Clothing

Clothing (also known as clothes, apparel, and attire) are items worn on the body. Typically, clothing is made of fabrics or textiles, but over time it has included garments made from animal skin and other thin sheets of materials and natural products found in the environment, put together. The wearing of clothing is mostly restricted to human beings and is a feature of all human societies.

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Sayyed Mohammad Al-Musawi, Sayyed Mohammad al-Musawi is originally from Iraq and heads up the World Ahlul Bayt Islamic League in London. Other than being involved in various humanitarian projects, he frequently responds to... Answered 7 months ago

Dress of the female must have all conditions of full Hijab including avoiding tight cloth and transparent cloth. Color of the outer dress should not be attractive to men.

Wassalam.

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Sayyed Muhammad Husaini Ragheb, Sayyed Muhammad Husaini Ragheb has a BA in Law from Guilan University, Iran and has also undertaken Hawzah studies in Qom. He is a Cultural Affairs director of Ethics Group of Al-Mustafa Open... Answered 9 months ago

Salaam
Only white and clean

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Seyed Ali Shobayri, Seyed Ali Shobayri is of mixed Iranian and Scottish descent who found the path of the Ahlul Bayt (a) by his own research. He holds a BA in Islamic Studies from Middlesex University through the... Answered 10 months ago

Bismillah, 

Asalamu Alaykom, 

No it isn't necessary for you to say any specific words or have a particular intention for purifying something; you may just do the action. Yes other acts such as wudu, ghusl, salah and fasting etc would require an intention. 
 

May Allah grant you success 

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Zaid Alsalami, Shaykh Dr Zaid Alsalami is an Iraqi born scholar, raised in Australia. He obtained a BA from Al-Mustafa University, Qom, and an MA from the Islamic College in London. He also obtained a PhD from... Answered 10 months ago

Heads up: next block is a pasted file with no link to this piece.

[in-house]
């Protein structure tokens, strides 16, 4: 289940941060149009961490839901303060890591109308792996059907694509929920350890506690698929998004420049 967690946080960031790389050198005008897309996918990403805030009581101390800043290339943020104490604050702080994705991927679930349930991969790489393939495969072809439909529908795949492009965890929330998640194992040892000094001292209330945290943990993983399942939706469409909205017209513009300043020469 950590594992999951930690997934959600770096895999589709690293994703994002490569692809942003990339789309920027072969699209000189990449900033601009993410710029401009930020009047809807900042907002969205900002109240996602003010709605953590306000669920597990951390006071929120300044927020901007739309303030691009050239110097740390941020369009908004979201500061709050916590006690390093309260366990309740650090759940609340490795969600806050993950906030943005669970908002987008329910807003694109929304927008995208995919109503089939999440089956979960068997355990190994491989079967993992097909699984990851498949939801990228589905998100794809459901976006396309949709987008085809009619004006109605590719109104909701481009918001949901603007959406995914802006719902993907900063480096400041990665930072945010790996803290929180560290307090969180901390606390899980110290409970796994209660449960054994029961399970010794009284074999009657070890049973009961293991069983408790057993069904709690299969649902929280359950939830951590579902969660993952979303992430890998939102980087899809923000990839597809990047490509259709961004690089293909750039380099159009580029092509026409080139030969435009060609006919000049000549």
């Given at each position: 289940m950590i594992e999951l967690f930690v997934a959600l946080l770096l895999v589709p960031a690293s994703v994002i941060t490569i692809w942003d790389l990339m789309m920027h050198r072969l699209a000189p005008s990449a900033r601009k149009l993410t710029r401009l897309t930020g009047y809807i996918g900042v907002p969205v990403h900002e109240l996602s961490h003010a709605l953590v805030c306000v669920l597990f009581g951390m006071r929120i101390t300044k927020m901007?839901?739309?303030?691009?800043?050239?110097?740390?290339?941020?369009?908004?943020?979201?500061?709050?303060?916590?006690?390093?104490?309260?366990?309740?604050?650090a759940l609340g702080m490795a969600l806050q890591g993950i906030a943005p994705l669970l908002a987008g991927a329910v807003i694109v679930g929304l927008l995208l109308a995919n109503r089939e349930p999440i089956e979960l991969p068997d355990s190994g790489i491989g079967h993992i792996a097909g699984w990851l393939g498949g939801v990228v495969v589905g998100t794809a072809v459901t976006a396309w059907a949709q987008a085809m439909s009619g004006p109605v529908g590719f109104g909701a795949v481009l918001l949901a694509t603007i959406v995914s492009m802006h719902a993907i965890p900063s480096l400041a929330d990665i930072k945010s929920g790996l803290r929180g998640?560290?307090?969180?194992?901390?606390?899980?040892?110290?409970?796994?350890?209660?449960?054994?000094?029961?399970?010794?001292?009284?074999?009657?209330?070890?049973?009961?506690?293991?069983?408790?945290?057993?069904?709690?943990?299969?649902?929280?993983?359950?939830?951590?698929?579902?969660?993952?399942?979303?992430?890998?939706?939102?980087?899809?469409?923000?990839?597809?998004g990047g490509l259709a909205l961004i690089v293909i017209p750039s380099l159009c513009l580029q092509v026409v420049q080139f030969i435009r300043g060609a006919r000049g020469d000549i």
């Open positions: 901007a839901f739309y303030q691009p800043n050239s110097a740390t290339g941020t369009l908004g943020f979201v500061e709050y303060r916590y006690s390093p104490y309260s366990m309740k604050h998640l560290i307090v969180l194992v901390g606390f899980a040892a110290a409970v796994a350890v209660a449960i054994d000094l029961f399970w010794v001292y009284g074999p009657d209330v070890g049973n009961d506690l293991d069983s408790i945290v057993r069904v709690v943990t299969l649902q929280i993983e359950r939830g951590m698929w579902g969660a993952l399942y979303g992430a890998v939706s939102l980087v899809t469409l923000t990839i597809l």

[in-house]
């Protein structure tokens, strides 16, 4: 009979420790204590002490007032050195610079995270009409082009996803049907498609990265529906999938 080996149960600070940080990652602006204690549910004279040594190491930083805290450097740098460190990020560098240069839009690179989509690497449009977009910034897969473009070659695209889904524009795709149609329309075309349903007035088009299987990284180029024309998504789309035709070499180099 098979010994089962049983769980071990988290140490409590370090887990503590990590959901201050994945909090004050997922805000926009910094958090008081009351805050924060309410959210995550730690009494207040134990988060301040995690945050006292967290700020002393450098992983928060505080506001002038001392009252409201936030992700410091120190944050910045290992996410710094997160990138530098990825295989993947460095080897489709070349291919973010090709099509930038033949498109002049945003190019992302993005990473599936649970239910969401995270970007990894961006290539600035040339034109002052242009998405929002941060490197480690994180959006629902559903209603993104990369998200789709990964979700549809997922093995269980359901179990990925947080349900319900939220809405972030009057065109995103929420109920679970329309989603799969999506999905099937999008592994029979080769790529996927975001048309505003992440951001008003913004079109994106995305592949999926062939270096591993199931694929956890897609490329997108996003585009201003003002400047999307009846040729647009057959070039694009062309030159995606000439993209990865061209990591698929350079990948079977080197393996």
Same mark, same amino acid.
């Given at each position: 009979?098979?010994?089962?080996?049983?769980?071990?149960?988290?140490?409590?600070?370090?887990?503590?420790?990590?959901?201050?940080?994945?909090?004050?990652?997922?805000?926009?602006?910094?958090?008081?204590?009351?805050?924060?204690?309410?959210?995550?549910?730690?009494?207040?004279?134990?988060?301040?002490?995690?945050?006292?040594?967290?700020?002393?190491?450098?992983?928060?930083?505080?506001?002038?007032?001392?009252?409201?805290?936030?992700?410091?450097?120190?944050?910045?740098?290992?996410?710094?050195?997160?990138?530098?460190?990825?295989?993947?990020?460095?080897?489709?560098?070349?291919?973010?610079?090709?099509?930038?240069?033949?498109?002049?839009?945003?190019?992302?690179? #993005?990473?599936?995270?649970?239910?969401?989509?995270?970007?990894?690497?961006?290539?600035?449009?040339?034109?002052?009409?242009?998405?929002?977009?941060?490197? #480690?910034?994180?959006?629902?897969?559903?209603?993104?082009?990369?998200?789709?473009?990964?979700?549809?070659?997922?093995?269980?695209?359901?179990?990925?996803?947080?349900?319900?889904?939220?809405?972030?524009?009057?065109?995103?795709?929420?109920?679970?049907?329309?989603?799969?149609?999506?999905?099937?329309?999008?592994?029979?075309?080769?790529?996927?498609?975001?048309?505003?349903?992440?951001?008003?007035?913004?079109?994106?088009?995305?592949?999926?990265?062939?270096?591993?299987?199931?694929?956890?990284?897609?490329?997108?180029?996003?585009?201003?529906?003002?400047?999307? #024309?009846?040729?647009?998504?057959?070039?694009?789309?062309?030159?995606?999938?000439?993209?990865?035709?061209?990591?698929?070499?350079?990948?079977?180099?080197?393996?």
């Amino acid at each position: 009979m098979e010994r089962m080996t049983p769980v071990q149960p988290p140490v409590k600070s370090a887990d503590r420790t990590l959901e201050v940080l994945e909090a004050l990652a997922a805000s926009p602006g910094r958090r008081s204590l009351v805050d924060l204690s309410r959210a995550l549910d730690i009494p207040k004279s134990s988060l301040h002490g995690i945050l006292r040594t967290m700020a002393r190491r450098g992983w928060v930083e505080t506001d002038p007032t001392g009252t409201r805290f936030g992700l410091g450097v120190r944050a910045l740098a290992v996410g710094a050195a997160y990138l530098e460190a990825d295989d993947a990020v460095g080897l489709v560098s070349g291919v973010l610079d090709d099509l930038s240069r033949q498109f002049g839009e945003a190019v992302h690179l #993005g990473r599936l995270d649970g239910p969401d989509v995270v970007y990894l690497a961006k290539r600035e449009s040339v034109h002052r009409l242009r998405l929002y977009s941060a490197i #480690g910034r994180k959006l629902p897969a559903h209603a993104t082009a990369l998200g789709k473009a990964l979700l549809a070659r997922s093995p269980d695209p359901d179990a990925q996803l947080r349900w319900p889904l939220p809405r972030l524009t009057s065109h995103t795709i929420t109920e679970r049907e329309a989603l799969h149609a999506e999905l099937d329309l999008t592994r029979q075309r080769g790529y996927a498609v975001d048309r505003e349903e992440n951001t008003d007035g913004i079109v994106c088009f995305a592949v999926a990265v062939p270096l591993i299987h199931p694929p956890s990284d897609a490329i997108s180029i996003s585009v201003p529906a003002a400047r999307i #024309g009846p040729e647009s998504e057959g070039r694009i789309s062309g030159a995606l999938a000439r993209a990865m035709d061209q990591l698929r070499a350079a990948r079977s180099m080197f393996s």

Bismihi ta'ala

Istinjā` is washing yourself after relieving yourself in the toilet. This is of course very important for the purpose of tahārah, wanting to pray, etc. 

However, there is something else that is important to do, but is not obligatory, and that is istibrā`. Istibrā` is clearing the urinary outlet after urinating. For a male, you do this by what we call the nine squeezes.

The advantage of istibrā` is if you do it, with any discharge you might feel after the istibrā`  and the istinjā` , you consider it to be tahir. However, if you do not do the istibrā`, and you experience a discharge, not knowing what it is, you deem it as najis, and you must wash yourself again.  

I have added a link to a recorded lesson on this, with detailed explanation.  

And Allah knows best. 

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Zaid Alsalami, Shaykh Dr Zaid Alsalami is an Iraqi born scholar, raised in Australia. He obtained a BA from Al-Mustafa University, Qom, and an MA from the Islamic College in London. He also obtained a PhD from... Answered 1 year ago

Bismihi ta'ala

There is a hadith that says: 

لا طاعة لمخلوق في معصية الخالق

There is no obedience to a creation through disobedience to the Creator.